It's been listed as the cause of death by medical examiners and been the
subject of wrongful-death lawsuits around the country.
But hogtying a suspect, experts now say, can't kill.
A San Diego federal judge has dismissed a wrongful-death lawsuit filed by
the survivors of a Poway man who died after being hogtied by sheriff's
deputies in 1994.
The decision last week was based largely on new evidence developed at the
request of a lawyer for San Diego County.
Its impact could be widespread.
During a recent nonjury trial, a medical expert who first suggested nearly
a decade ago that hogtying suspects can lead to death retracted his beliefs
on the stand after being confronted with the findings of a new study.
Dr. Donald T. Reay, the chief medical examiner for King County, Wash., had
maintained for years that blood oxygen levels decrease after someone has
been exercising (as in a violent struggle with deputies). He had maintained
that the hogtie restraint prevents such oxygen levels from rising again
because the restraint impairs the mechanical process of inhaling and
exhaling. His findings, authorities say, have been reiterated and accepted
as gospel by other experts across the country for years.
The result: Numerous civil lawsuits have been pursued across the country,
including one settled last year in Los Angeles for $750,000.
"It's astounding how it has become so popular when it is so incorrect,"
Deputy San Diego County Counsel Ricky R. Sanchez said yesterday.
Hogtying is a type of restraint used by police to control the most
combative and violent subjects. It involves binding a subject's hands and
feet together behind his back.
The local lawsuit was filed by family members of Daniel L. Price against
the county of San Diego.
In preparing for the trial, Sanchez asked Dr. Thomas Neuman, professor of
medicine at the UCSD Medical Center, to conduct a study of positional
asphyxia and the hogtie restraint.
Neuman's conclusions, which Reay later agreed were valid, were that blood
oxygen levels do not decrease after exercise. He also found that although
the hogtie restraint impairs the mechanical process of inhaling and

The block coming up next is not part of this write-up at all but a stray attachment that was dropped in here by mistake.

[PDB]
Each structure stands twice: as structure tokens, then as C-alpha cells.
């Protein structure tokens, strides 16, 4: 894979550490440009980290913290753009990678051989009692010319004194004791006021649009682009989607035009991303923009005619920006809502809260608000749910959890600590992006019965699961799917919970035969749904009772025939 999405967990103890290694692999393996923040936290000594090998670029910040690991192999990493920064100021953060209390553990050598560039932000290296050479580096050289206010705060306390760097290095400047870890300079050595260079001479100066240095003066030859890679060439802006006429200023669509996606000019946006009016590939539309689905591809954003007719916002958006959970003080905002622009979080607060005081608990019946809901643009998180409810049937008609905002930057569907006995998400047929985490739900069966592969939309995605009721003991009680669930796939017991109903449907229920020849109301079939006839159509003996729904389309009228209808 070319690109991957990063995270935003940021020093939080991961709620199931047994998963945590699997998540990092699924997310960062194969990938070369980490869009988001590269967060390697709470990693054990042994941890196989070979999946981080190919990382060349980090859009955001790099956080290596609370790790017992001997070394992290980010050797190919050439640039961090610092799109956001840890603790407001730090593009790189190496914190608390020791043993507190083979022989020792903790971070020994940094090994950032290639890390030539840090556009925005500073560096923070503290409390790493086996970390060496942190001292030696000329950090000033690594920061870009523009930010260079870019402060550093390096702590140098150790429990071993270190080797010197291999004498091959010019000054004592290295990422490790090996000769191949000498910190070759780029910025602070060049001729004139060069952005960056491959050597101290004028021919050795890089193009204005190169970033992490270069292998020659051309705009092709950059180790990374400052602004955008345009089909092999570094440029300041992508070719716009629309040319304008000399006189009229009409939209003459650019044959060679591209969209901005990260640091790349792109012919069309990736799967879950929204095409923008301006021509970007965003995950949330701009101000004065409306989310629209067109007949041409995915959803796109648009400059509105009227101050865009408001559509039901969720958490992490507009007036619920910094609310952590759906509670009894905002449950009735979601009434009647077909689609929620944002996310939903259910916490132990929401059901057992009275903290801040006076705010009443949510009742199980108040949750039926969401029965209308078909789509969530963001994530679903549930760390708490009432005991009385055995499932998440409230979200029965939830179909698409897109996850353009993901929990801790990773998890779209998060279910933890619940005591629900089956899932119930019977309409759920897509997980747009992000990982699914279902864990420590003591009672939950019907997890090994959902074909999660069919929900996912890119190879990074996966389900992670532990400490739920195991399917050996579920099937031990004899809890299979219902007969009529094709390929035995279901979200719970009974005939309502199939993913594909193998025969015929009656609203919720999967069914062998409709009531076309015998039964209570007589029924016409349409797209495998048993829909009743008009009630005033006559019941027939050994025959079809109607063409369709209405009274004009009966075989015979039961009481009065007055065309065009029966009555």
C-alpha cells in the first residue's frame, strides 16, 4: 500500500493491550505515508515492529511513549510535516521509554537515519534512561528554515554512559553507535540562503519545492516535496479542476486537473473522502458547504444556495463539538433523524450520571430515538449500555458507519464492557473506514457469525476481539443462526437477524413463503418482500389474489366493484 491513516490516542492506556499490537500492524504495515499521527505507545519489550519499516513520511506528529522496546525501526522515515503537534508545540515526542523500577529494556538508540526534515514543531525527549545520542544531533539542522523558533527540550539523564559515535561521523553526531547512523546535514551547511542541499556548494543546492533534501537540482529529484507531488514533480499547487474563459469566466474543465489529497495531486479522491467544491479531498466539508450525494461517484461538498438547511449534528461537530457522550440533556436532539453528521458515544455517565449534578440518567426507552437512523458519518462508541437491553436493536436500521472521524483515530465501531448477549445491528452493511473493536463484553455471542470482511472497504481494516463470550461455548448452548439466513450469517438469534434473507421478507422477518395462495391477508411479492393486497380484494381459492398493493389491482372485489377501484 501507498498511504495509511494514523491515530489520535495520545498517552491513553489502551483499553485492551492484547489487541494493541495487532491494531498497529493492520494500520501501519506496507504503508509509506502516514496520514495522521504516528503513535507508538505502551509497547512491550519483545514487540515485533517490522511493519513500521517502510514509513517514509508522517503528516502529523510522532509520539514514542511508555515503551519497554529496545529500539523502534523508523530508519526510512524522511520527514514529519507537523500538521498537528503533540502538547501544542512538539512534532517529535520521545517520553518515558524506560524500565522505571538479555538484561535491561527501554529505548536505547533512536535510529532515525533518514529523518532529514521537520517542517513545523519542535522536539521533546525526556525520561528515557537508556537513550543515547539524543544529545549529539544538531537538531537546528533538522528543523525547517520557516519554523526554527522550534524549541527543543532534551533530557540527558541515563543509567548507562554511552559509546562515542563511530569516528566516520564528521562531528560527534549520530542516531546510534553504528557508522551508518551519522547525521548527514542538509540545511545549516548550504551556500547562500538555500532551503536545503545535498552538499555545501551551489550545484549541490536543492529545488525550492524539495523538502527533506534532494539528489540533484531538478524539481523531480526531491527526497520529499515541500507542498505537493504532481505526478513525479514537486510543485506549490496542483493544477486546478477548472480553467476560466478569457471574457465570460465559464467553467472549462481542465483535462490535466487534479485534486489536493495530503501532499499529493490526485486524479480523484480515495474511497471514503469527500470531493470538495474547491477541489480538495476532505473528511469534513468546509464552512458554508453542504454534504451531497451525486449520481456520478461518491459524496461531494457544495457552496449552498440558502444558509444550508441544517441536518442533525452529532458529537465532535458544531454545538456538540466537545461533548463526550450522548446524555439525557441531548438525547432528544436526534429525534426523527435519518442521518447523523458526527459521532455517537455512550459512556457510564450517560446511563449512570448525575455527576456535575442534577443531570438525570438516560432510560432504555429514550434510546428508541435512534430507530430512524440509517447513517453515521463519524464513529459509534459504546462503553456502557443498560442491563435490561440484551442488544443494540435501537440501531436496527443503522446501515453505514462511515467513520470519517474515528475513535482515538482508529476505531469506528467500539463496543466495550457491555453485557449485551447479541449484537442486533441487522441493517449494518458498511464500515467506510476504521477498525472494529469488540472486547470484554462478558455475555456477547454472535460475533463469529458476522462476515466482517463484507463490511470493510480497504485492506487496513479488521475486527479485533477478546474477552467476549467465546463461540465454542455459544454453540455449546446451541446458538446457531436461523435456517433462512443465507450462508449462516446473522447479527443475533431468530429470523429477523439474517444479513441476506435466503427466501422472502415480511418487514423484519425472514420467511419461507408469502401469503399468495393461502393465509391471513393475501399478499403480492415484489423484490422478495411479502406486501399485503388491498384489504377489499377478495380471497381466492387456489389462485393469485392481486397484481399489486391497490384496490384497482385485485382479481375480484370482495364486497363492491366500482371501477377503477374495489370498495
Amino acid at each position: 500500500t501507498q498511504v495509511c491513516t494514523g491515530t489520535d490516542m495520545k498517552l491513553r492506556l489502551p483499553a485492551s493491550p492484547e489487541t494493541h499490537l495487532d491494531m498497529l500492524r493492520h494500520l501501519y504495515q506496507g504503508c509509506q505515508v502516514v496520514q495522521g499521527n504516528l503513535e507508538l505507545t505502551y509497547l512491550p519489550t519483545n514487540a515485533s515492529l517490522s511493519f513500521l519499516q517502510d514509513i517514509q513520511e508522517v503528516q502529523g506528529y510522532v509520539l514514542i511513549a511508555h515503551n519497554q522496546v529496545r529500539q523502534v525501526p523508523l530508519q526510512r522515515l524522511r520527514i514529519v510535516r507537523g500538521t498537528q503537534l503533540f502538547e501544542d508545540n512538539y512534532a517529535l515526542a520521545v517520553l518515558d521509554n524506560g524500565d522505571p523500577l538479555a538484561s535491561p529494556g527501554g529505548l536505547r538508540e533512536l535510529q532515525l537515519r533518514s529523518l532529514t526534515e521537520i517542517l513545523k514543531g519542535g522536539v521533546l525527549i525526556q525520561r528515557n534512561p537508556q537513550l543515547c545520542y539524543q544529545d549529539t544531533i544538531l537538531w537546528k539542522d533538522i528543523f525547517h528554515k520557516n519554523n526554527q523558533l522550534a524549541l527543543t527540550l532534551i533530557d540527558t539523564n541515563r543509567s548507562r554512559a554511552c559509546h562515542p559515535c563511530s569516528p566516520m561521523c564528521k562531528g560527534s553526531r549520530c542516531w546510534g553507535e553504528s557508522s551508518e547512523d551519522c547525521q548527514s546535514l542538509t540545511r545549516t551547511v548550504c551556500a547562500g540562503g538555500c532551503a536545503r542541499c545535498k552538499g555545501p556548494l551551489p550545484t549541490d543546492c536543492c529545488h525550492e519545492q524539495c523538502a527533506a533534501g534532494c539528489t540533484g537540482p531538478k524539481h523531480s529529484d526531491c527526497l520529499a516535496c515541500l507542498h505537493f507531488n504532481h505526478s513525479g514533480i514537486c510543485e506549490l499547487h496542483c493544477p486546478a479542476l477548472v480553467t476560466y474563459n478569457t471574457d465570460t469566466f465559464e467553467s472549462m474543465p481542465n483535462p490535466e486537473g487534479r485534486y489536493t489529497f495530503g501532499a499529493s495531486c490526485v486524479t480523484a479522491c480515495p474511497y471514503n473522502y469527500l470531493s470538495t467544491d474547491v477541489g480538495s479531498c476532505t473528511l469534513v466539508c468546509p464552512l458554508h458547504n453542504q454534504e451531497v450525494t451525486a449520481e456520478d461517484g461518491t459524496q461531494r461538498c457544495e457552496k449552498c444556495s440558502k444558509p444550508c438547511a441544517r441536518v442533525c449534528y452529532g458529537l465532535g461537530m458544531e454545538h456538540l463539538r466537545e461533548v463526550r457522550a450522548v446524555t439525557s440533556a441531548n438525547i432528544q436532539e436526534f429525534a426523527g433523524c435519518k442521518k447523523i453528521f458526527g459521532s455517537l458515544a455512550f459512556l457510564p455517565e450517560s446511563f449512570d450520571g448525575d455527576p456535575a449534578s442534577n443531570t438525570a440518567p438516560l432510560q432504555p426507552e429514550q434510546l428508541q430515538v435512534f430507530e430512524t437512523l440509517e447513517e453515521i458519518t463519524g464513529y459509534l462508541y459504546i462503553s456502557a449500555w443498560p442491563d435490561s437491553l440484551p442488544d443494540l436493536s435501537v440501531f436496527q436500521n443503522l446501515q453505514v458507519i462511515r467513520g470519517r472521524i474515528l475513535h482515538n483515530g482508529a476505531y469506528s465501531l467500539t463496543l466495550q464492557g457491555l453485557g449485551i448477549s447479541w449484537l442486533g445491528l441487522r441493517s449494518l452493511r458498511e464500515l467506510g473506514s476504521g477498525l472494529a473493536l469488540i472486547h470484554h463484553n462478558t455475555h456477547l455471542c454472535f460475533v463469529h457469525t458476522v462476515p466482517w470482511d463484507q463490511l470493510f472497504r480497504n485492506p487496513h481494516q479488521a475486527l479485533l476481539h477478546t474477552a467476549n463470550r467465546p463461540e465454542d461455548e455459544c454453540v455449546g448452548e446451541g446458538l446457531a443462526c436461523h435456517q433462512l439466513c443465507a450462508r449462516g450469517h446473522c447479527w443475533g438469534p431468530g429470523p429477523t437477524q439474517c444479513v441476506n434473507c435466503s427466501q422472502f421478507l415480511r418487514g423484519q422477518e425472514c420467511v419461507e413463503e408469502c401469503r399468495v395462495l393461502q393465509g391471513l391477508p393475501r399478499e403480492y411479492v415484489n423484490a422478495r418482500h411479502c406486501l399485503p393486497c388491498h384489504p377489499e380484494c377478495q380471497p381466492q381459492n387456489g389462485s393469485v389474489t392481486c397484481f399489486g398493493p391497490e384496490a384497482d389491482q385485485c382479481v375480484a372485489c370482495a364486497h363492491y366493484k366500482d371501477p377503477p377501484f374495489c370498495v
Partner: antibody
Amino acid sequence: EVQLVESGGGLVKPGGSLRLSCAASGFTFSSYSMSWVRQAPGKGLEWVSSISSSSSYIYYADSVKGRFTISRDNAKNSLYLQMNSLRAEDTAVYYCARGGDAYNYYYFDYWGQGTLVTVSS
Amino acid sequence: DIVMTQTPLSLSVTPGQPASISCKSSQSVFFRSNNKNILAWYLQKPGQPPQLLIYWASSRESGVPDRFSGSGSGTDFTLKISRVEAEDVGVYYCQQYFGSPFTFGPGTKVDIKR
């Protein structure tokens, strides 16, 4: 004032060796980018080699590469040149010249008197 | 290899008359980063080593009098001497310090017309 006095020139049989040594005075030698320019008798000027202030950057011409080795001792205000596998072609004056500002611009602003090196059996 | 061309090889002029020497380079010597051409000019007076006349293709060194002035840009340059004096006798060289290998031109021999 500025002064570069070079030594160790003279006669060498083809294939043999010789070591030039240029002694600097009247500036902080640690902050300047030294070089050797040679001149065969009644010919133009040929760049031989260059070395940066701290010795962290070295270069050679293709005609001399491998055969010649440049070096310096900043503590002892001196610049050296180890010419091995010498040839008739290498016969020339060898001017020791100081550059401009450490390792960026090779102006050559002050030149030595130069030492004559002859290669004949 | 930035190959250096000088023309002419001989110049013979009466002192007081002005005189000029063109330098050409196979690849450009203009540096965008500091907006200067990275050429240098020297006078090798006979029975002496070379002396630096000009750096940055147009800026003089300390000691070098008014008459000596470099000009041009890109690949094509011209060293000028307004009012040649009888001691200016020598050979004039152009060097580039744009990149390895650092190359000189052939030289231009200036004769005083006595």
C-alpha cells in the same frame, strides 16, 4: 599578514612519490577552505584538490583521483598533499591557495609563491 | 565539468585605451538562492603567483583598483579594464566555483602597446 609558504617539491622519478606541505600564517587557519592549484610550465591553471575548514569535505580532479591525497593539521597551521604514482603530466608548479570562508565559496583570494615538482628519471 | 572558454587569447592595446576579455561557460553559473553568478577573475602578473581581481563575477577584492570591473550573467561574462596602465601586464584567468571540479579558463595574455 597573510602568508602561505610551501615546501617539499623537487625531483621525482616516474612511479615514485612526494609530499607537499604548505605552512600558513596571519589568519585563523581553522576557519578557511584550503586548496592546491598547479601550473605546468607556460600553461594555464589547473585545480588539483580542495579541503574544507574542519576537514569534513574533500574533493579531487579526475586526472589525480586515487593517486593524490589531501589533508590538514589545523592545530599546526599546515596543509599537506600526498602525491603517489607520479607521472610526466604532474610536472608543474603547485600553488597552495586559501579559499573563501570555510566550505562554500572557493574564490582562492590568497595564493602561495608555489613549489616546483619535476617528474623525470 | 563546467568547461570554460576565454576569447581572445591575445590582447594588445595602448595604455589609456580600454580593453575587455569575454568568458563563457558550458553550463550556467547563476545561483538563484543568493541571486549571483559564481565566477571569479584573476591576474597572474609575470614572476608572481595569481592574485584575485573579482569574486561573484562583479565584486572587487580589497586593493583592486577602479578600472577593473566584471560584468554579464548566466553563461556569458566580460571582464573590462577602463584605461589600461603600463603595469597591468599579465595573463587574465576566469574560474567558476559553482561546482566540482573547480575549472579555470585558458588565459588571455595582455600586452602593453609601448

exhaling to some extent, being hogtied does not affect blood oxygen or
carbon dioxide levels.
"In other words," federal Judge John S. Rhodes wrote in his decision, "the
impairment is so minor that it does not lead to asphyxia, and in fact has
no practical significance. . . . The UCSD study, which Dr. Reay concedes
rests on exemplary methodology, eviscerates Dr. Reay's conclusions. . . .
After Dr. Reay's retraction, little evidence is left that suggests that the
hogtie restraint can cause asphyxia."
Sanchez said that after learning of Rhodes' decision Monday afternoon, he
spent most of the past day and a half on the telephone with lawyers for
municipalities around the country who are battling similar lawsuits.
"It spans the nation," Sanchez said. "Chicago, Michigan, Washington state,
New Mexico, Pennsylvania. I've had inquiries from any number of agencies
where this fellow's hypotheses are being utilized to attack officers'
The trial here dealt with the death of Price, 35, who on June 28, 1994, got
into a brawl with two deputies and was brought to the pavement and bound by
the feet and hands. His limbs were then brought together with a second pair
of handcuffs so that he was belly-down on the pavement, his arms and legs
manacled behind him.
His heart stopped beating while he lay on the pavement. Although paramedics
were able to restart his heart in the ambulance, he never regained
consciousness and died two days later in a hospital.
According to Rhodes' decision, Price had been a longtime methamphetamine
user, and that, more than anything else, caused his death.
"Methamphetamine has devoured another of its victims, and forever
transformed the lives of his family members," the judge wrote.
Sanchez said it was the first lawsuit filed in the county over a hogtying
"When I first was assigned the case the medical examiner had said the cause
of (Price's) death was asphyxia due to hogtying induced by police
officers," he said. "My question at that time was what information were
they relying on?"
Sanchez traveled to an international medical examiners' conference to
listen to Reay talk and later, in 1996, took Reay's deposition in Seattle.
"He told me he had never before been confronted with these issues."
Sanchez then met Neuman, who agreed to do a study.
"I'm really pleased that the county of San Diego paused to ask whether or
not this was true and had the faith in me to do so," Sanchez said.
Copyright Union-Tribune Publishing Co.
From CHAS: In early 1998, the above article was Emailed to me by several persons. Obviously, I was concerned and alarmed by this article's statements!
First, I contacted Dr. Reay and requested his explanation of Jones' reported information. Was it true? Had Dr. Reay "retracted" his findings in spite of his years of positional asphyxia experience and research?!
NO! He Hadn't!
See Hog-Tied Revisited
Dr. Donald T. Reay (Seattle, Washington, King County Chief Medical Examiner)
responds to accusations that he has "Retracted" his Research!
After being reassured by Dr. Reay, I wrote an opinion paper
about this San Diego Union-Tribune article.
Dangerous Misinformation Published
This material originally posted on my Web Site July 1st, 1998.
Soon after that, I discovered a very dangerous "News Release" spawned by the misinformation-laden San Diego Union Tribune article.
An Example of what Dangerous Misinformation Can Do!
This material originally posted on my Web Site July 21st, 1999.
Updated on April 13th, 2001.